Slow, Slower, Slowest

In normal photography a fast shutter speed is a normally a good thing. Faster is better.   Everything, everyone, everywhere in the shot is crisp and sharp.  Sometimes you must shoot with a high shutter speed to get a proper exposure.  In bright, harsh light,  even with apertures of f/22 or higher, you must shoot at 1/1000 or higher to avoid having your photos look like the cover of the White Album.

Of course the opposite is true in low light. Even with the aperture cranked wide open you have to lower the shutter speed dangerously below 100, even with the ISO raised as far as you dare.  If you are using a tripod its not too bad. If you’re hand holding your camera, you pray the image will be acceptably sharp. You’re also stuck with a relatively narrow depth of field which may not be ideal. Whichever situation, you are making a compromise. You’d rather shoot faster – or slower – but you just can’t.

But a slow shutter speed can be good. And slower can be better. I’m talking several seconds slow; even several minutes slow. Very, very, very slow…..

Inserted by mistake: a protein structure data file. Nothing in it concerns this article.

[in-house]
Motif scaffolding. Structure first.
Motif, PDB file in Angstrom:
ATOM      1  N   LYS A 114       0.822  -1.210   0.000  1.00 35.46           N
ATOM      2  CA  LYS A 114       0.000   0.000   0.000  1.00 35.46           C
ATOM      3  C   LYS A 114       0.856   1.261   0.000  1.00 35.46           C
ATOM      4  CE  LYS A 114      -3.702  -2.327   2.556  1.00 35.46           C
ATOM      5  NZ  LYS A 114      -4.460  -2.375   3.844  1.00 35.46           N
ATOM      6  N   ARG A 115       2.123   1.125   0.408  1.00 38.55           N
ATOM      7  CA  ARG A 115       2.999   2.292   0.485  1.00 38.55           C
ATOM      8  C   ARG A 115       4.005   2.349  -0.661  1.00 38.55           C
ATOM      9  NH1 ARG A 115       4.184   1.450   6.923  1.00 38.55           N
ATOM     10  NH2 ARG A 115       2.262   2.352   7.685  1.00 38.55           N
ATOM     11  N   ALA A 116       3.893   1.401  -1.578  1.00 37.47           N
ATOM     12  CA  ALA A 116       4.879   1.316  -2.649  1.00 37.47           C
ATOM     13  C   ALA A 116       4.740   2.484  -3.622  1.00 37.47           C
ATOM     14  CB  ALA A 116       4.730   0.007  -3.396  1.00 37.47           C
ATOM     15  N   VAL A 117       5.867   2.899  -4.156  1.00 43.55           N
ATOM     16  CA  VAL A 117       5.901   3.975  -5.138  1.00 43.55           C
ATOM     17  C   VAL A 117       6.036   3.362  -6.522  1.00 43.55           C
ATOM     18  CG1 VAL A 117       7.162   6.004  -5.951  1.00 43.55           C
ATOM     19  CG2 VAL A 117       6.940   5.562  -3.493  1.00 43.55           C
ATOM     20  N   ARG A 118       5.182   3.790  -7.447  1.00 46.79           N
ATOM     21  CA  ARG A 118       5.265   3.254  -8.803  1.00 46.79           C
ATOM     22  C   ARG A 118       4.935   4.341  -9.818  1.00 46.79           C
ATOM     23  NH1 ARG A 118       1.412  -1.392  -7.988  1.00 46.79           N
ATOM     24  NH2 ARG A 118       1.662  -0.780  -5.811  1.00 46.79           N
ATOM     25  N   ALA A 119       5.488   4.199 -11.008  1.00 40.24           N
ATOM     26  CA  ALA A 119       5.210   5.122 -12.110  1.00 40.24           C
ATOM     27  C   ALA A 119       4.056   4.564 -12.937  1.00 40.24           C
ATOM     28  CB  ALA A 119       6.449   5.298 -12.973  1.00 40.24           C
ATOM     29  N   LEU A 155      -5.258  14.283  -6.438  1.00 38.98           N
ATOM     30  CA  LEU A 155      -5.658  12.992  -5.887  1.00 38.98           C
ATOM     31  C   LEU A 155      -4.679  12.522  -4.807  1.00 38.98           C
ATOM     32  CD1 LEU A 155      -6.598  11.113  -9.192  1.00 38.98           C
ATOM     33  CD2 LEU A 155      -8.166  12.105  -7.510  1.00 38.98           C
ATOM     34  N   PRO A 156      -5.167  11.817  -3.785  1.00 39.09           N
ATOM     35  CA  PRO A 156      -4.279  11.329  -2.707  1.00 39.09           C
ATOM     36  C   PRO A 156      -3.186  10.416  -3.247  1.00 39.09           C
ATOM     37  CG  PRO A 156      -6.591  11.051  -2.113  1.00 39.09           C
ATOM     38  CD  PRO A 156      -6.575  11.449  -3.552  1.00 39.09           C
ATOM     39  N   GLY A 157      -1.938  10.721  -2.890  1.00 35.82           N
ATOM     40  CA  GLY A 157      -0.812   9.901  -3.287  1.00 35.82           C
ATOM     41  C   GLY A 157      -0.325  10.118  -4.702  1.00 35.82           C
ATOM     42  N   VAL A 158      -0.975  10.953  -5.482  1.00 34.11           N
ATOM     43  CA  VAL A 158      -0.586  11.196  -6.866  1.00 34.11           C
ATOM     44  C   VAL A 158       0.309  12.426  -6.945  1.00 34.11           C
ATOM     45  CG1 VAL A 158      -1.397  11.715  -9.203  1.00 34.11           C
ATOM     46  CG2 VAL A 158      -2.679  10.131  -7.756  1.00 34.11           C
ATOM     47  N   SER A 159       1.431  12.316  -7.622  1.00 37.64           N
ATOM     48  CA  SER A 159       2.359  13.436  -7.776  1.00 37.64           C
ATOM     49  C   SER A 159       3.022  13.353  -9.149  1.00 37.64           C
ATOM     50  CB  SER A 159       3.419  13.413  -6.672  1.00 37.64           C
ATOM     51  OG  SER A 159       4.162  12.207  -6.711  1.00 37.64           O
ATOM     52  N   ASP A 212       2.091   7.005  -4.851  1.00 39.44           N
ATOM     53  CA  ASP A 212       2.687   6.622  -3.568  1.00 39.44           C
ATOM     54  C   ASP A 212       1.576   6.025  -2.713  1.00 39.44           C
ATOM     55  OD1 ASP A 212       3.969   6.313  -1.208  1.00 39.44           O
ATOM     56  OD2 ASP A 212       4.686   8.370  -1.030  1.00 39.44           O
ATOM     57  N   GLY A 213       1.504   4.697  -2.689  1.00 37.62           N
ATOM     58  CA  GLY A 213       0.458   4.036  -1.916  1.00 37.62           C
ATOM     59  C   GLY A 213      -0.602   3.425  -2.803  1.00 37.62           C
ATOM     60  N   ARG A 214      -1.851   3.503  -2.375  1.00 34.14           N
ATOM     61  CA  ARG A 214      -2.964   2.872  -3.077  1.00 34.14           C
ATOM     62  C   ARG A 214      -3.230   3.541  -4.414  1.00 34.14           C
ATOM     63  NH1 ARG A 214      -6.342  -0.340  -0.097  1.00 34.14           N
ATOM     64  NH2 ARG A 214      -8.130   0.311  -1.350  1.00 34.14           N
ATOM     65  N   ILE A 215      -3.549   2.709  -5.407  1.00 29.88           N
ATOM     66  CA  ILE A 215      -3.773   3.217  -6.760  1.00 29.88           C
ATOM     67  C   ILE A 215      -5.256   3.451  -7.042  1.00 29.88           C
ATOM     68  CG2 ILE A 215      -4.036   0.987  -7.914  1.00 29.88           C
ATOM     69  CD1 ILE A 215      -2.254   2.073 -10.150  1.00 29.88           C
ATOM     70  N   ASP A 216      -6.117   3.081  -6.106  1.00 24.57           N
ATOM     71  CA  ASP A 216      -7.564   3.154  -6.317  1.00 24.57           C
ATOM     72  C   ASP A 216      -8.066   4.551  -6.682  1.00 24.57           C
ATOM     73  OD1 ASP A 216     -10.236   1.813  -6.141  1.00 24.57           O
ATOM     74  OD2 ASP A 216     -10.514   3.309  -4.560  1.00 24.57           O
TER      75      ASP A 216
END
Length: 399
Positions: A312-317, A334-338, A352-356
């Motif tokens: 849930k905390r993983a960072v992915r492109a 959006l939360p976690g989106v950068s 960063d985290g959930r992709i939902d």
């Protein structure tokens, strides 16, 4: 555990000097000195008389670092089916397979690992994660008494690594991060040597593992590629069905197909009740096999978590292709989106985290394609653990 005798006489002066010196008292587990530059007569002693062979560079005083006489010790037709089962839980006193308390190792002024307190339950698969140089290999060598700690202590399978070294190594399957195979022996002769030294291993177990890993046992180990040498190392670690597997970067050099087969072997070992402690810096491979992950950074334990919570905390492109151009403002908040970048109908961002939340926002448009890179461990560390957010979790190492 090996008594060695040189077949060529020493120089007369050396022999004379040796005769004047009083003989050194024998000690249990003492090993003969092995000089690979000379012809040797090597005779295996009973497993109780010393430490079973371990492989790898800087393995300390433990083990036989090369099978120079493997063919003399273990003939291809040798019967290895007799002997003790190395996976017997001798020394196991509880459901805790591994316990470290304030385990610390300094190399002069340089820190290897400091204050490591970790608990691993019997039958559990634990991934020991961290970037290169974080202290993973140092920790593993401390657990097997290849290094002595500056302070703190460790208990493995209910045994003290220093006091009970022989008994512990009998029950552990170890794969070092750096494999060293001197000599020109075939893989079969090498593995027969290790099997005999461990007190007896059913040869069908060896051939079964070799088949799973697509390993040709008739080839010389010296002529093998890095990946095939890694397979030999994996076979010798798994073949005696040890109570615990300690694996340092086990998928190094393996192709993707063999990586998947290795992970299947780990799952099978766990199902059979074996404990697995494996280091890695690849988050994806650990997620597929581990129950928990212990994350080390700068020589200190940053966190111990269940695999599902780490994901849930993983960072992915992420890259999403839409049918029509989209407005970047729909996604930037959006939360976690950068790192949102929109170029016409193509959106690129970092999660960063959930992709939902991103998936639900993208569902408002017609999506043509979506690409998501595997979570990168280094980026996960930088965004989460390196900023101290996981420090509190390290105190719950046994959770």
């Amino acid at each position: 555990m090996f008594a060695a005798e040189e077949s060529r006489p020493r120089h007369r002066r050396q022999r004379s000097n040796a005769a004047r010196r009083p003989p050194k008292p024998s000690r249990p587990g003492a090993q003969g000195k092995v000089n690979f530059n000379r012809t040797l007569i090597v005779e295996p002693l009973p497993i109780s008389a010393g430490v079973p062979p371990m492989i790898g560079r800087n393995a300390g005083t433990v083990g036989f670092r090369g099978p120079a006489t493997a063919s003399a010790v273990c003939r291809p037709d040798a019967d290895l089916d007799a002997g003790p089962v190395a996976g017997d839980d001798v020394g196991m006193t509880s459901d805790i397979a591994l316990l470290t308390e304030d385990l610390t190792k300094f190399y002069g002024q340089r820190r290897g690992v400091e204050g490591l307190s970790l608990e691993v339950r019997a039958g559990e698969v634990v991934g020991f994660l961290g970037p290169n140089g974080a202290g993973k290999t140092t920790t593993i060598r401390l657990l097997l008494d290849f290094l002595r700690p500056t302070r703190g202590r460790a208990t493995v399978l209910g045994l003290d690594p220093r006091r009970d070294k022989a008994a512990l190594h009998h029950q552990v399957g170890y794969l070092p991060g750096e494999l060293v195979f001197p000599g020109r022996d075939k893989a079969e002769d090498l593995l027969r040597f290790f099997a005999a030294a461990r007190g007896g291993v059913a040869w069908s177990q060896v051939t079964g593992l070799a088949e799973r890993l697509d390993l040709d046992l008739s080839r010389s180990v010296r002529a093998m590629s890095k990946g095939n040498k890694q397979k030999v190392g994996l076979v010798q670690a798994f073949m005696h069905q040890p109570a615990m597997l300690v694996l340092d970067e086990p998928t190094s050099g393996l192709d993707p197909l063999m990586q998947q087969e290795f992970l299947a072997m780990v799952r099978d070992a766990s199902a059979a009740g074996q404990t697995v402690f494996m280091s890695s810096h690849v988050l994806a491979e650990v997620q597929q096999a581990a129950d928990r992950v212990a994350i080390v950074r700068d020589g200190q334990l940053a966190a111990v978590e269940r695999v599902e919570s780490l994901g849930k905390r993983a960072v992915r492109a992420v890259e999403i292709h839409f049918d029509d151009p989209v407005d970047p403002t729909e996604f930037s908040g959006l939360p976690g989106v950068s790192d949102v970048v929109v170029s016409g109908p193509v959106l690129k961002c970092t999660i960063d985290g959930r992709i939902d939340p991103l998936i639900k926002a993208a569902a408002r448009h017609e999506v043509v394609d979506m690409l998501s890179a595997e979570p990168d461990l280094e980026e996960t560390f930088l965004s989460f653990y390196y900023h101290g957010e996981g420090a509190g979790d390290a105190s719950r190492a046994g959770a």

Take, for example, all those ubiquitous “slow water” shots. While you can get a nice effect at 1/30th, you create a magical capture at one second of exposure or more. Another cliche shot using a very slow shutter is car lights on a busy highway. A several second exposure produces lines of color made from the moving head or tail lights.

Then there’s lightning. I admit I used to be stupid enough to marvel there  were photographers so nimble with the shutter they could capture lightning flashes. I learned, of course, such captures are made by leaving the shutter open for a long, long time.

Although most slow shutter shots are taken in very low light, with the use of neutral density filters even regular daylight shots can be “slowed down”. One of my own slow shutter speed exposure of a Tremont waterfall was taken in late morning shunshine.

I’ve created a gallery of well done photographs taken with shutter speeds of four seconds to 135 minutes. In each case the use of a very slow exposure creates an original, pleasing effect.  Each gallery photo lists its shutter setting. Enjoy:

NOT SO FAST:  Slow Shutter Shots

Here’s a Flickr group of slow shutter captures.

This piece is a good explanation of exposure

What did you expect? Here’s one of my slow shutter ( 4 seconds) shots:

One Response to “Slow, Slower, Slowest”

  1. very educational and that picture looks fantastic

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